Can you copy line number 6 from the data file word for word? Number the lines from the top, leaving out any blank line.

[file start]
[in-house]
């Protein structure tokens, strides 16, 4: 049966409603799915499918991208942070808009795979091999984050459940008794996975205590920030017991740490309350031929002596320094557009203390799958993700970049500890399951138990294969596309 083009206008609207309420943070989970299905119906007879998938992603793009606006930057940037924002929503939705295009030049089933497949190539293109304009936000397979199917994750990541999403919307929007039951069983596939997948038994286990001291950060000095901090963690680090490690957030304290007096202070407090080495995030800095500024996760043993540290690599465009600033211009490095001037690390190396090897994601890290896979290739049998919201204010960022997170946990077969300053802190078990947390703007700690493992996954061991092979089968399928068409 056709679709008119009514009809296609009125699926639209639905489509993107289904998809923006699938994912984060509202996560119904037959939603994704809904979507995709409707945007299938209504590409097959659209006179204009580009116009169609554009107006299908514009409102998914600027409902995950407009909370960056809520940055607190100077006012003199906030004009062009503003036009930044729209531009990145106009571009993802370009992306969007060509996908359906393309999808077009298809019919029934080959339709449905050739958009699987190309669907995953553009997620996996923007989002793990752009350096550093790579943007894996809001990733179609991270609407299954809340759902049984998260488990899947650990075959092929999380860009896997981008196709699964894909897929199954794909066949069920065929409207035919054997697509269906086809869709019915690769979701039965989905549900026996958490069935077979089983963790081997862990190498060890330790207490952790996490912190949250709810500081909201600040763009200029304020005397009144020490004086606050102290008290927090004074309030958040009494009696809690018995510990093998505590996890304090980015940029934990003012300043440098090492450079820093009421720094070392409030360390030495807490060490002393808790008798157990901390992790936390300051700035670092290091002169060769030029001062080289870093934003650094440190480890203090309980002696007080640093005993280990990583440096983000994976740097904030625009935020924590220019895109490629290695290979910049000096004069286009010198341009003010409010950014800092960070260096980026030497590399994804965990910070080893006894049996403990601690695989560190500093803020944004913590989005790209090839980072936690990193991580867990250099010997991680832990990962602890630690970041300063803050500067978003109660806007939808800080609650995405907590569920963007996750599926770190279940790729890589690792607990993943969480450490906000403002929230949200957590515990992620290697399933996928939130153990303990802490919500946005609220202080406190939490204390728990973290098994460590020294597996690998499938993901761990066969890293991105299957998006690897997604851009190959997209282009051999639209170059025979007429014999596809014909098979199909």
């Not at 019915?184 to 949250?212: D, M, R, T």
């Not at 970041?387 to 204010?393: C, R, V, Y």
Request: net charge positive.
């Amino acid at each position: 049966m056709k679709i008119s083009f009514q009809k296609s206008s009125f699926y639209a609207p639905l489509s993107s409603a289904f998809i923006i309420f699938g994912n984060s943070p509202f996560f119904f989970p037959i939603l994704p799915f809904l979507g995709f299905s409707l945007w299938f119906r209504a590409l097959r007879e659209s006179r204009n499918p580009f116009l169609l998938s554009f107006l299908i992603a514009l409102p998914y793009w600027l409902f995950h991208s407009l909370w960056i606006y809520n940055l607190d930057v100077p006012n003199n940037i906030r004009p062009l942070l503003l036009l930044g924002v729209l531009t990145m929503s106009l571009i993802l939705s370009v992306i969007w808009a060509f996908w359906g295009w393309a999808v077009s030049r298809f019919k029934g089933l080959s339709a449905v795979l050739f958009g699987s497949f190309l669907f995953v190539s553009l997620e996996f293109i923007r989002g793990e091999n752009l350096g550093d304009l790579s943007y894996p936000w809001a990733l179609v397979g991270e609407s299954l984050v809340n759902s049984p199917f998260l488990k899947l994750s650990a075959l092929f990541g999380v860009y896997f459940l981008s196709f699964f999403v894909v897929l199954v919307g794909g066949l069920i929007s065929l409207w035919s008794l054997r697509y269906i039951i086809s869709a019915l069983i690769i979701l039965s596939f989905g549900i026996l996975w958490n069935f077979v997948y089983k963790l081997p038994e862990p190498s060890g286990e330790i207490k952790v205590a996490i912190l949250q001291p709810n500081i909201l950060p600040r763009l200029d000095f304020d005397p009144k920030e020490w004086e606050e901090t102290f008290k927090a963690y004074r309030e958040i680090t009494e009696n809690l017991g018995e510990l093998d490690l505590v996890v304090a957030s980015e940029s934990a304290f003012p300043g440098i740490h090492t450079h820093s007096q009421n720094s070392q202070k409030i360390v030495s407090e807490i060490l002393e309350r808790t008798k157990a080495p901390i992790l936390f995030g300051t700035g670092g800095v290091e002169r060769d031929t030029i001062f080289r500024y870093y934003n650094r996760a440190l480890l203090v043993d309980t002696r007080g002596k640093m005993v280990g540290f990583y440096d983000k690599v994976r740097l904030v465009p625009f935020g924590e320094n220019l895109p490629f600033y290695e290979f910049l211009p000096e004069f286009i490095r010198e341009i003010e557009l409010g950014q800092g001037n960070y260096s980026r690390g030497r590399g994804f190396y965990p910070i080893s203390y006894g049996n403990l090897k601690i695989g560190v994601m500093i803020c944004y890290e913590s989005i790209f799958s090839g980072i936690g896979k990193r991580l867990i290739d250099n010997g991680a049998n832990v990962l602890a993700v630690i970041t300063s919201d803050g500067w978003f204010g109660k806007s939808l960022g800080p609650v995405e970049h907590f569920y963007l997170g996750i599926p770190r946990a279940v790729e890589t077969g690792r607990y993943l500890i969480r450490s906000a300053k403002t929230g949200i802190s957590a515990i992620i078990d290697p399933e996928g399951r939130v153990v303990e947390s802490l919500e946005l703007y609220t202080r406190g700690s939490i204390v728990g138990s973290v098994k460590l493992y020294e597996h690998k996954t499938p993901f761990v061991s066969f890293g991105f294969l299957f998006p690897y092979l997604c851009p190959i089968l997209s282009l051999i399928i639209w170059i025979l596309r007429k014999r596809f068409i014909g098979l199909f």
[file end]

């Amino acid at each position: 049966m056709k679709i008119s083009f009514q009809k296609s206008s009125f699926y639209a609207p639905l489509s993107s409603a289904f998809i923006i309420f699938g994912n984060s943070p509202f996560f119904f989970p037959i939603l994704p799915f809904l979507g995709f299905s409707l945007w299938f119906r209504a590409l097959r007879e659209s006179r204009n499918p580009f116009l169609l998938s554009f107006l299908i992603a514009l409102p998914y793009w600027l409902f995950h991208s407009l909370w960056i606006y809520n940055l607190d930057v100077p006012n003199n940037i906030r004009p062009l942070l503003l036009l930044g924002v729209l531009t990145m929503s106009l571009i993802l939705s370009v992306i969007w808009a060509f996908w359906g295009w393309a999808v077009s030049r298809f019919k029934g089933l080959s339709a449905v795979l050739f958009g699987s497949f190309l669907f995953v190539s553009l997620e996996f293109i923007r989002g793990e091999n752009l350096g550093d304009l790579s943007y894996p936000w809001a990733l179609v397979g991270e609407s299954l984050v809340n759902s049984p199917f998260l488990k899947l994750s650990a075959l092929f990541g999380v860009y896997f459940l981008s196709f699964f999403v894909v897929l199954v919307g794909g066949l069920i929007s065929l409207w035919s008794l054997r697509y269906i039951i086809s869709a019915l069983i690769i979701l039965s596939f989905g549900i026996l996975w958490n069935f077979v997948y089983k963790l081997p038994e862990p190498s060890g286990e330790i207490k952790v205590a996490i912190l949250q001291p709810n500081i909201l950060p600040r763009l200029d000095f304020d005397p009144k920030e020490w004086e606050e901090t102290f008290k927090a963690y004074r309030e958040i680090t009494e009696n809690l017991g018995e510990l093998d490690l505590v996890v304090a957030s980015e940029s934990a304290f003012p300043g440098i740490h090492t450079h820093s007096q009421n720094s070392q202070k409030i360390v030495s407090e807490i060490l002393e309350r808790t008798k157990a080495p901390i992790l936390f995030g300051t700035g670092g800095v290091e002169r060769d031929t030029i001062f080289r500024y870093y934003n650094r996760a440190l480890l203090v043993d309980t002696r007080g002596k640093m005993v280990g540290f990583y440096d983000k690599v994976r740097l904030v465009p625009f935020g924590e320094n220019l895109p490629f600033y290695e290979f910049l211009p000096e004069f286009i490095r010198e341009i003010e557009l409010g950014q800092g001037n960070y260096s980026r690390g030497r590399g994804f190396y965990p910070i080893s203390y006894g049996n403990l090897k601690i695989g560190v994601m500093i803020c944004y890290e913590s989005i790209f799958s090839g980072i936690g896979k990193r991580l867990i290739d250099n010997g991680a049998n832990v990962l602890a993700v630690i970041t300063s919201d803050g500067w978003f204010g109660k806007s939808l960022g800080p609650v995405e970049h907590f569920y963007l997170g996750i599926p770190r946990a279940v790729e890589t077969g690792r607990y993943l500890i969480r450490s906000a300053k403002t929230g949200i802190s957590a515990i992620i078990d290697p399933e996928g399951r939130v153990v303990e947390s802490l919500e946005l703007y609220t202080r406190g700690s939490i204390v728990g138990s973290v098994k460590l493992y020294e597996h690998k996954t499938p993901f761990v061991s066969f890293g991105f294969l299957f998006p690897y092979l997604c851009p190959i089968l997209s282009l051999i399928i639209w170059i025979l596309r007429k014999r596809f068409i014909g098979l199909f």